You might think someone so intimately familiar with the indignities inflicted on a world-renowned scientist who spoke out against the establishment would be sensitive to present-day parallels. I would argue that you have to be wilfully blind or ignorant to miss the comparisons between Oppenheimer’s fate and the reputational and career destruction suffered by all the scientists and doctors – many world-famous in their fields – who risked their livelihoods and good standing in the scientific community by speaking out against the prevailing Covid narrative.
At first, it seems like Bird might have an inkling. He lists Oppenheimer’s offenses against the military-political establishment, which included criticizing the decision to build a hydrogen bomb, saying that the Hiroshima bomb was used “against an essentially defeated enemy,” and warning that the atomic bomb “is a weapon for aggressors.”
Basically, Oppenheimer wanted the world to use his weapon of mass destruction as a deterrent against all future wars.
As a result, Bird explains:
These forthright dissents against the prevailing view of Washington’s national security establishment earned him powerful political enemies. That was precisely why he was being charged with disloyalty.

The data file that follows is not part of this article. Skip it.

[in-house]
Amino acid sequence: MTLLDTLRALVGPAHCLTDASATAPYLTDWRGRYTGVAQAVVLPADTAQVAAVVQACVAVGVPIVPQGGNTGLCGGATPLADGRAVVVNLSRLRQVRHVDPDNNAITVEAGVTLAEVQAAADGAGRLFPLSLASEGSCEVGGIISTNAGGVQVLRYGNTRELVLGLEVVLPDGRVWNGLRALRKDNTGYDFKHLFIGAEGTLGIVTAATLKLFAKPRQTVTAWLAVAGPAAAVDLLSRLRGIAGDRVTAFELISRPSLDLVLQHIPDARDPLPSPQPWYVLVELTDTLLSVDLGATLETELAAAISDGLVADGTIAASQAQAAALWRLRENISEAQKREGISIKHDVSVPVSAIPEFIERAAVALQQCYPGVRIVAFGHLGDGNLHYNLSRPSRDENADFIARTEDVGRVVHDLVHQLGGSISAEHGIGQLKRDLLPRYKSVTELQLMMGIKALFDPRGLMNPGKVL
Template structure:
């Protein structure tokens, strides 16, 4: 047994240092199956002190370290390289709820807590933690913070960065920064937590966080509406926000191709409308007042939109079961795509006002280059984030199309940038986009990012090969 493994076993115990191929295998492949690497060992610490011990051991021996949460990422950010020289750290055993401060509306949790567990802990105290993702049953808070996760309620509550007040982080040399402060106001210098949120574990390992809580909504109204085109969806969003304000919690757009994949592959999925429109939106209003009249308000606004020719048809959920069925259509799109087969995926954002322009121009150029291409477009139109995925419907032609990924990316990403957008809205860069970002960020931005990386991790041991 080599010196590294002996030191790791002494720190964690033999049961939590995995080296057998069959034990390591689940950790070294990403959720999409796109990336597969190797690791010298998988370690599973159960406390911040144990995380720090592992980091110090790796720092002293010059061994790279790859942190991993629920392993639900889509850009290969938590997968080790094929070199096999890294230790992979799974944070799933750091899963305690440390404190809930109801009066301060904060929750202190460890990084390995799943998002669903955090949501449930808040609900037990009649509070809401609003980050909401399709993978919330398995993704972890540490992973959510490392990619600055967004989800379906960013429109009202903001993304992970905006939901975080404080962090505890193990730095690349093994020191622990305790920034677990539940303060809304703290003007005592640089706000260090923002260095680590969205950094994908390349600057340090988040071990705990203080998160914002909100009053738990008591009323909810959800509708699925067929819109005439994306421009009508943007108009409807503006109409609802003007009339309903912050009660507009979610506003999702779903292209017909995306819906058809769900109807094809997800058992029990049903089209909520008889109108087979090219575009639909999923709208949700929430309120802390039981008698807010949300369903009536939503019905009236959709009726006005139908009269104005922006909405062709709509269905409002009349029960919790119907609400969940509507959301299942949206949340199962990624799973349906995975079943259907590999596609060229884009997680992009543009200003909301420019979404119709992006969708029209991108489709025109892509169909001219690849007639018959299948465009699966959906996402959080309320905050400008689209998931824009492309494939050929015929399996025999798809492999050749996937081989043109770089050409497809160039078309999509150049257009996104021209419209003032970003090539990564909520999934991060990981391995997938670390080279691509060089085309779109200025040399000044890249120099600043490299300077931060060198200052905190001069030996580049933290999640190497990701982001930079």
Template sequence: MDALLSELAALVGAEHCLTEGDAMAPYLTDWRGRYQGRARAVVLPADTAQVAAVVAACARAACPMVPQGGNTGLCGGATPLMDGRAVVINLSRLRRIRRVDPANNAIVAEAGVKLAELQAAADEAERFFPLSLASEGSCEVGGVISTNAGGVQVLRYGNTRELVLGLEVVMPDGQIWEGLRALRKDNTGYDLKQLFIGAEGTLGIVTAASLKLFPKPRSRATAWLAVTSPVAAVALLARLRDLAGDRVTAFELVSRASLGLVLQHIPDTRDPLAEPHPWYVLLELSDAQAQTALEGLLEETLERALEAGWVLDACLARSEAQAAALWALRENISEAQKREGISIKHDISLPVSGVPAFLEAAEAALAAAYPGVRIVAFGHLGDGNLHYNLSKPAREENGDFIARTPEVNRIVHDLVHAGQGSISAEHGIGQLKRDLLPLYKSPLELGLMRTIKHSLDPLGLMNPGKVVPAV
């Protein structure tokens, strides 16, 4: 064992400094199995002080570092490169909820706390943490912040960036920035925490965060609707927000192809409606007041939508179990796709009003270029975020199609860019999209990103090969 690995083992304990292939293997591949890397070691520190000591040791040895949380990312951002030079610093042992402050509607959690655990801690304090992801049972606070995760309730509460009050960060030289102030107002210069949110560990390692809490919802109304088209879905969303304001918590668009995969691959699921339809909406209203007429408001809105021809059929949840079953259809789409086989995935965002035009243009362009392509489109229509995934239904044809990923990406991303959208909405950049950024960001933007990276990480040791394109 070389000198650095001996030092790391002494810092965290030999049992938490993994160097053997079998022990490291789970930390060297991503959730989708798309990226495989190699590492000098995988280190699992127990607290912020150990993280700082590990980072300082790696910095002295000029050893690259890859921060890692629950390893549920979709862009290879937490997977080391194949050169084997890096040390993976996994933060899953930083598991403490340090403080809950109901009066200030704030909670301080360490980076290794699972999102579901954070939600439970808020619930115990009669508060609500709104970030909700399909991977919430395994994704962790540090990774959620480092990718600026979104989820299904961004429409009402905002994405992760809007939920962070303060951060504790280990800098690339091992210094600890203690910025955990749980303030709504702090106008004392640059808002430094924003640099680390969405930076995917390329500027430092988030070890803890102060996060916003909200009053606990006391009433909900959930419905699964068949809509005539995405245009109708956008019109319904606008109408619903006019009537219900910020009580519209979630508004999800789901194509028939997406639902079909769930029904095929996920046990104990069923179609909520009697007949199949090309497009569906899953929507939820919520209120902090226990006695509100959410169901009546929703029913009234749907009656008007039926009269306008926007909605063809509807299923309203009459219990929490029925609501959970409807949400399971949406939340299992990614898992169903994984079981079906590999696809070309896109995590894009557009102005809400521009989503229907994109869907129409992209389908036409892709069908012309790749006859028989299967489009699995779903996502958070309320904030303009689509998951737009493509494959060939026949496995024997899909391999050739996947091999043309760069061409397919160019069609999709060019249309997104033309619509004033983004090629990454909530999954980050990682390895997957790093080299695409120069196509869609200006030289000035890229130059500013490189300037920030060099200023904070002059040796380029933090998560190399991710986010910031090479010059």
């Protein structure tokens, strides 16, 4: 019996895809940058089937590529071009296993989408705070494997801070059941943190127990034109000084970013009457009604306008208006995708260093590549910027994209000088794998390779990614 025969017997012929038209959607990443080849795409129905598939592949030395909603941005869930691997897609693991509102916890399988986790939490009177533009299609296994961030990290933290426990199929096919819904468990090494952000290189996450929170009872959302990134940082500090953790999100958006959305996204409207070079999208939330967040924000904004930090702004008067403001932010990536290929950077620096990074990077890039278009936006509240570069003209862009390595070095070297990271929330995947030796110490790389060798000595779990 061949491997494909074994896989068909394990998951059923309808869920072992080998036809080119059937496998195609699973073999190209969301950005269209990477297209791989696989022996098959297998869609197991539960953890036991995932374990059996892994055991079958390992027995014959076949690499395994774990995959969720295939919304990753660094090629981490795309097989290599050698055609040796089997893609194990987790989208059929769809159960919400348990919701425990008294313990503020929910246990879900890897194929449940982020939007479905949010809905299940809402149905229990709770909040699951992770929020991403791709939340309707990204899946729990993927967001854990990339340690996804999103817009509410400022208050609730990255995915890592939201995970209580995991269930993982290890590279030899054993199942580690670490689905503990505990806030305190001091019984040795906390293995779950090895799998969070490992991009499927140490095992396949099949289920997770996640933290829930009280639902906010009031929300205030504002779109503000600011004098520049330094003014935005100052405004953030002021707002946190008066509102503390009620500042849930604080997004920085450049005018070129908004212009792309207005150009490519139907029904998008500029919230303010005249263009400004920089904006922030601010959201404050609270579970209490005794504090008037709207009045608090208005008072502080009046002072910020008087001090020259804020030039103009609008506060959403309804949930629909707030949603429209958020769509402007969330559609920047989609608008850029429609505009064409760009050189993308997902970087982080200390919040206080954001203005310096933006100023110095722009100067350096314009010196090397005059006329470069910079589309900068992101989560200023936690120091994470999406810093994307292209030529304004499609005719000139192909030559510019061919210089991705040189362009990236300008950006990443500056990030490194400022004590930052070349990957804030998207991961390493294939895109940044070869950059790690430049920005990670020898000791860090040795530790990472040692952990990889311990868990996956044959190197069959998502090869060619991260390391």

Bird extrapolates from Oppenheimer’s fate to the fate of other anti-establishment scientists and intellectuals:
After America’s most celebrated scientist was falsely accused and publicly humiliated, the Oppenheimer case sent a warning to all scientists not to stand up in the political arena as public intellectuals. This was the real tragedy of Oppenheimer: What happened to him also damaged our ability as a society to debate honestly about scientific theory – the very foundation of our modern world.
Sounds about right.
But wait. At this point, Bird does one of those contortionist intellectual maneuvers that flip truth and reality on their heads and make your head spin:
Sadly, Oppenheimer’s life story is relevant to our current political predicaments. Oppenheimer was destroyed by a political movement characterized by rank know-nothing, anti-intellectual, xenophobic demagogues.
Just recall the former president’s fact-challenged comments on the pandemic or climate change. This is a worldview proudly scornful of science.